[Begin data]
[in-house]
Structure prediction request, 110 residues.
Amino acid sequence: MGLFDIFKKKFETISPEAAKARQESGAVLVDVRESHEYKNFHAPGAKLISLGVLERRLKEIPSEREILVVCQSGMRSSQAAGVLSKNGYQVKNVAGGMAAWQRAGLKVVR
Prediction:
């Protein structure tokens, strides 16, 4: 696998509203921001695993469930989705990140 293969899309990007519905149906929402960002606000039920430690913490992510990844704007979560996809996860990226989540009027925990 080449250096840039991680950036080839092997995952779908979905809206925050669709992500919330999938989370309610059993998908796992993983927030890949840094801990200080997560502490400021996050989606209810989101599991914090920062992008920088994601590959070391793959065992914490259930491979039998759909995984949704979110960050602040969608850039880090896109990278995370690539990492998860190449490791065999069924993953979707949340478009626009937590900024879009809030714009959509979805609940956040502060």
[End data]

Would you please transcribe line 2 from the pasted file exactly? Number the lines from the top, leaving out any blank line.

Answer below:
Structure prediction request, 110 residues.